joined so that the entire phrase is written
without lifting the pen from the paper.
Arabesque
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Quran does not prohibit the representation of humans or animals in
drawings, or paintings, but as Islam expanded in its early years, it inherited
some of the prejudices against visual art of this kind that had already taken
root in the Middle East.
– early Muslims tended to oppose figural art (and in some cases all art) as
distracting the community from the worship of God and hostile to the
strictly unitarian religion preached by Muhammad
– all four of the schools of Islamic law banned the use of images and,
declared that the painter of animate figures would be damned on the
Day of Judgment.
Wherever artistic ornamentation and decoration were required, Muslim
artists, forbidden to depict, human or animal forms, for the most part were
forced to resort either to what has since come to be known as "arabesque"
– These are designs based on strictly geometrical forms or patterns of
leaves and flowers or, very often, to calligraphy.
Arabic calligraphy came to be used not only in producing copies of the
Quran (its first and for many centuries its most important use), but also for
all kinds of other artistic purposes as well
– porcelain and metalware,
– carpets and other textiles
– Coins
– architectural ornament (primarily on mosques and tombs but also,
especially in later years, on other buildings as well).
Arabic language – the great
legacy
• Of those people who embraced Islam but did not
adopt Arabic as their everyday language, many
millions have taken the Arabic alphabet for their
own, so that today one sees the Arabic script
used to write languages that have no basic
etymological connection with Arabic.
• The languages of Iran, Afghanistan, and Pakistan
are all written in the Arabic alphabet, as was the
language of Turkey until some fifty years ago.
• It is also used in Kashmir and in some places in
the Malay Peninsula and the East Indies, and in
Africa it is used in Somalia and down the east
coast as far south as Tanzania.
Influence of Islam up to the
creation of the Arabic Empires
• Centered in Mecca
• Conflict between Mecca and Medina
• Hasan and the schism
Concepts and terms from Ch. 6
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Bedouin
Shaykhs
Mecca
Medina
Ka’ba
Umma
Zakat
Dhimmis
Wazir
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Caliph
Abu Baker
Ridda
Jihad
Battle of Siffin
Karbala
Mawali
Jizya
Ayan
Concepts and terms from Ch. 7
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Harun al-Rashid
Buyids
Seljuk Turks
Saladin
Ibn Khaldun
Rubiyat
Shah-Nama
Sa’di
Bhaktic cults
Shrivijaya
Maleluks
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al-Razi
Ulama
al-Gh
azali
Sufis
Harsha
Mahmud of Ghazni
Mahmud of Ghur
Sati
Demak
Malacca
Succession: Abu Bakr (632-34)
• 632 Muhammed died without warning
• Abu Bakr elected Caliph (deputy,
successor). Friend and early convert.
• Ali, son in law to Muhammed was passed
over: Too young
• Bakr worked and led the movement.
• Success: Ridda Wars: fought off Bedouin
led by other Charismatic leaders.
Islam Spreads
• Bakr continued the Arab unification process
• Recognized the weakness of the
Persian/Byzantine Empires
• They were at constant war with one another
• Began to take Byzantine territory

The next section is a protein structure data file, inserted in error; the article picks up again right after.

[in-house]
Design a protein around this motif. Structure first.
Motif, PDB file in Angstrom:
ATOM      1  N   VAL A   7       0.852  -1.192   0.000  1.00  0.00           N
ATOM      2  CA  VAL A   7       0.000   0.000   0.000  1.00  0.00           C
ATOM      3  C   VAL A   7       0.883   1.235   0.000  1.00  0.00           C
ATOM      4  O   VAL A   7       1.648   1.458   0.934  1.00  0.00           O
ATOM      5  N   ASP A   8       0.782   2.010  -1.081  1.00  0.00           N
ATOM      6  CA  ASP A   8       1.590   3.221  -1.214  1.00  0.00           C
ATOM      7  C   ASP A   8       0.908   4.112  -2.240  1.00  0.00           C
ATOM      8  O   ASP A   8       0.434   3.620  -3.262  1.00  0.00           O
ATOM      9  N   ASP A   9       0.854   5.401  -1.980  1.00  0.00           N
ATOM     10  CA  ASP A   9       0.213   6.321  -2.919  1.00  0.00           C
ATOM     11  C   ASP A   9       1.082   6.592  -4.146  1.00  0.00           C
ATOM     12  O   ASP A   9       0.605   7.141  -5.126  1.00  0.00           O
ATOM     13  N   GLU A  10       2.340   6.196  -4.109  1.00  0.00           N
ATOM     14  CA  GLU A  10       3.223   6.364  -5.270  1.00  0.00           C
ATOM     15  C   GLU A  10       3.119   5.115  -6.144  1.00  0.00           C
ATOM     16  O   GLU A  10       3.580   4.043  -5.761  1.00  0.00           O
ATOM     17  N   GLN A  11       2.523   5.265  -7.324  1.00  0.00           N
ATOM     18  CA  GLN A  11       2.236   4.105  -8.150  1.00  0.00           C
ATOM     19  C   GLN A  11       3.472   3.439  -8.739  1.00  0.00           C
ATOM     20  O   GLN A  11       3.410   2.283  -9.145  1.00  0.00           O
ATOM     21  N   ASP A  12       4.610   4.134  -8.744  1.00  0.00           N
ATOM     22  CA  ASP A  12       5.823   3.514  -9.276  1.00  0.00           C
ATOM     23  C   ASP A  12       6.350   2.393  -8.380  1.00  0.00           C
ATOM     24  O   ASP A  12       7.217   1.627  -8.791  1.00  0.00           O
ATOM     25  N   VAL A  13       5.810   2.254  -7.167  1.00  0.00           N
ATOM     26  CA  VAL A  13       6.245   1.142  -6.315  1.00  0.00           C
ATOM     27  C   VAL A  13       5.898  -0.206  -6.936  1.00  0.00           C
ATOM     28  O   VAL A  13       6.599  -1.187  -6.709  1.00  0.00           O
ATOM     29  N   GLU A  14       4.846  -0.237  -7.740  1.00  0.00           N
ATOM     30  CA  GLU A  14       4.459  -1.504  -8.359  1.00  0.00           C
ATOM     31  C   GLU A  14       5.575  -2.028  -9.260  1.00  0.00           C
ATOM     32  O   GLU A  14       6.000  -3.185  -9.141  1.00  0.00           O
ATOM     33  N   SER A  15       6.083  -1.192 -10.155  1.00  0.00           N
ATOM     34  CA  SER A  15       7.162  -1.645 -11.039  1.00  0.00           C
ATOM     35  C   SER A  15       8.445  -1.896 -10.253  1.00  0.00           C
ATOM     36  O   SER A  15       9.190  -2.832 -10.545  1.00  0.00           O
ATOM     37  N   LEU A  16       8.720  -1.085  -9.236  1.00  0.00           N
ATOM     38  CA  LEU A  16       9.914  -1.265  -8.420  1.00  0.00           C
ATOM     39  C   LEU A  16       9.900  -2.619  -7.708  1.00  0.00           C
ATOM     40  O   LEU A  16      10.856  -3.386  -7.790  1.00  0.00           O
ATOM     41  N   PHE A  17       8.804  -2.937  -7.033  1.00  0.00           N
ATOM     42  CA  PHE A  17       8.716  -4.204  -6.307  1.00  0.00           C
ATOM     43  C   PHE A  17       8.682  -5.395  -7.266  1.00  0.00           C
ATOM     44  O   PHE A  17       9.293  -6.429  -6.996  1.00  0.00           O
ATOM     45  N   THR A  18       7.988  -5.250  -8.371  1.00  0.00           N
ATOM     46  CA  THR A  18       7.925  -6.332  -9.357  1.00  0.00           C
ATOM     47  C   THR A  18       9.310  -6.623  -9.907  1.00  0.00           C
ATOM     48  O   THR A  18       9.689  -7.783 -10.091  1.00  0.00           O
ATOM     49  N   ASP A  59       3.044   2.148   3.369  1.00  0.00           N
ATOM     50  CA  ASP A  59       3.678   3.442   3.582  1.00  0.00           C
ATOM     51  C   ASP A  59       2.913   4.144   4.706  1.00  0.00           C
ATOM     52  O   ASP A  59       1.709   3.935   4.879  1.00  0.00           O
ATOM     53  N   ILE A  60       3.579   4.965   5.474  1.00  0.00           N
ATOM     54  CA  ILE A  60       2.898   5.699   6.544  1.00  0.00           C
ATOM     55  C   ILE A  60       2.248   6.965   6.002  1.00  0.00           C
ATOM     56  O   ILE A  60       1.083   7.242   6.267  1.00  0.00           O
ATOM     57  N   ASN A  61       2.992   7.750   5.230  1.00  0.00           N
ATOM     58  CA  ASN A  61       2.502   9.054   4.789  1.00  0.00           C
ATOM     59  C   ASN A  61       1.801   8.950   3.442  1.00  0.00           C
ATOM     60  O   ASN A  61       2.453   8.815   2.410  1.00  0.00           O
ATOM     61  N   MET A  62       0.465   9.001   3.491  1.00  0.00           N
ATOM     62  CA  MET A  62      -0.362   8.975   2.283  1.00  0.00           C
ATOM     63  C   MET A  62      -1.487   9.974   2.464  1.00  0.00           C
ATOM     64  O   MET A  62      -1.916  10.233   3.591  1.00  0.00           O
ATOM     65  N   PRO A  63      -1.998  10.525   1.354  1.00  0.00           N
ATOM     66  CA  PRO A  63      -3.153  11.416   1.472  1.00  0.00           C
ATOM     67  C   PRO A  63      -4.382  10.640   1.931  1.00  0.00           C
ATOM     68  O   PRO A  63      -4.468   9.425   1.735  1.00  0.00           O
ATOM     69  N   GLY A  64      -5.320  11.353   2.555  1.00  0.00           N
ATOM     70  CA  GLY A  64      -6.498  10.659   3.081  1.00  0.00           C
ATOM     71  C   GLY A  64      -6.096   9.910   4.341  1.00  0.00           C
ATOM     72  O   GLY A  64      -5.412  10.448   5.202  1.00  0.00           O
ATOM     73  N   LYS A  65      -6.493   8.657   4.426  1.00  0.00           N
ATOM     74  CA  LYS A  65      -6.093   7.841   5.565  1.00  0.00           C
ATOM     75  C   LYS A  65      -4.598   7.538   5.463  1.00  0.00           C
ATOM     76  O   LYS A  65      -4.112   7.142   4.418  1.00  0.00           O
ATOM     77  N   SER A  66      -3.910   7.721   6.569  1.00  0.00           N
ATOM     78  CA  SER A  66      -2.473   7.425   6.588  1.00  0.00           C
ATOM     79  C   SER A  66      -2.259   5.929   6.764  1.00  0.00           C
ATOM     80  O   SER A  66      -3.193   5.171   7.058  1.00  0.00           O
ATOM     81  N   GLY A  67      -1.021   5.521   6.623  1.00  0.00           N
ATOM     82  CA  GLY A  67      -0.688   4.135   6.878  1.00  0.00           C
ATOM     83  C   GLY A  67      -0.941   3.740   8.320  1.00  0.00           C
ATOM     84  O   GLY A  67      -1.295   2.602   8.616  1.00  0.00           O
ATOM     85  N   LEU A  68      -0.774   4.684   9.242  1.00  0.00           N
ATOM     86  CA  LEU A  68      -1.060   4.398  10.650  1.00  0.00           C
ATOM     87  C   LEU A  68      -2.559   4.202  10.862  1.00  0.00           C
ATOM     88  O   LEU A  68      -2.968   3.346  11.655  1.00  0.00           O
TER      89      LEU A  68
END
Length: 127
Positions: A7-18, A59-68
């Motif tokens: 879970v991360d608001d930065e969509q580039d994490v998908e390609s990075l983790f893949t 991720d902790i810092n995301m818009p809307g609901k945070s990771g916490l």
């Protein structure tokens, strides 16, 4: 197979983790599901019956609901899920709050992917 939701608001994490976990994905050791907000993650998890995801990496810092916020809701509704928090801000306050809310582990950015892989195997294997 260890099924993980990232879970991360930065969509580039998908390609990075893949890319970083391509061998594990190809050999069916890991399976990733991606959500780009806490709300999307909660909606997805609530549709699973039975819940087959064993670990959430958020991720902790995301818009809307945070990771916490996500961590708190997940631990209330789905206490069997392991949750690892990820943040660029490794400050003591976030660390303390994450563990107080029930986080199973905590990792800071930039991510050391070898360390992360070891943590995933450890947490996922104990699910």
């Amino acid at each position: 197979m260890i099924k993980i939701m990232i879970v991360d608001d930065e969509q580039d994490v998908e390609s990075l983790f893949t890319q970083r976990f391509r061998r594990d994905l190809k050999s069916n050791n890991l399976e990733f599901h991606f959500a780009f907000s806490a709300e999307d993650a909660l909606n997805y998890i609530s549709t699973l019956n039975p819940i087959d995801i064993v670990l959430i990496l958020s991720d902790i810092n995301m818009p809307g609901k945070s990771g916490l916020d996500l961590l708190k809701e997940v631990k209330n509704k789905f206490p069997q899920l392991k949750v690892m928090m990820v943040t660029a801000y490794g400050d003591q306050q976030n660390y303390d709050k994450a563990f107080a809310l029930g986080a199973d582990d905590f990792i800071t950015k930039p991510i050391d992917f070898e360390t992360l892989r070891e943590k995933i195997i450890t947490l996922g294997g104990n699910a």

– Christians and Jews respected: people of the
book
– Social restrictions, extra taxes
– Some Christians saw Muslims as liberators
Uthman (644-54)
• From the old Umayyad family. Former
Meccan enemies of Muhammed now
converted!
• Codification of the Qu’ran: Variants
destroyed
• 651 Expansion deep into Sassanian
territory (Persia)
• 654 Uthman assassinated.
Division and Schism
• Ali’s supporters name him Caliph
– The Ummayyads rejected him
• Ali refuses to prosecutes the assassins
Ummayads later declare an open vendetta
against him
– Mecca vs Medina Clan tensions
– Syrian and Iraqi factions
– N/S Arabian tribal tensions
Hasan
• Retired for 19 years to enjoy the good life
• When Mu’awiya died, he went to Mecca
with several followers expecting to be
named Caliph.
• But the Umayyads appointed a new caliph,
who surrounded Ali with an army.
• 679 Hasan led a great suicide charge. His
head was sent to the capital.
• This would result in the Sunni-Shi’ite split
But expansion continued....
• 674: Besieged Constantinople
• 700: Umayyads ruled from N. Africa
almost to China: An empire! Why?
• Surplus of military energy and religious
zeal and well qualified generals
• Weakness of the Byzantium and Persian
states, and their poor rule over provinces.
Sunnis
• Sunnis
90% of Islam
Recognize 4 caliphs as legitimate
No Iman
Shiites
• Shiites
10% of Muslims (mainly in Persia,
Lebanon, Yemen, Afghanistan)
recognize only Ali and blood relatives as
successors
Imans: infallible, divinely guided, leaders
of the faith
Green turbans: indicate a blood relative of
the Prophet
Cult of Martyrdom
Quiz
• What was the fictional account of life at the court of
the Caliph al-Rashi?
• Give one 3 causes of the disruption of agricultural
economy of the Abbasid Empire.
• What two practices that began in the Abbasid
Empire are indications of the changing role of
women?
• What was the religious splinter dynasty that
captured Baghdad in 945?
• Who was the Muslim leader responsible for the
reconquest of most of the territories belonging to the
Christian Crusaders?
Quiz
• What was the fictional account of life at the court of the Claliph
al-Rashi? -The Thousand and One Nights
• Give one 3 causes of the disruption of agricultural economy of
the Abbasid Empire.
– Spiraling taxation
– Destruction of the irrigation works
– Pillaging by mercenary armies which led to the abandonment of many
villages
• What two practices that began in the Abbasid Empire are
indications of the changing role of women?
– Seclusion
– veiling
• What was the religious splinter dynasty that captured Baghdad in
945?
– Buyids
• Who was the Muslim leader responsible for the reconquest of
most of the territories belonging to the Christian Crusaders?
– Saladin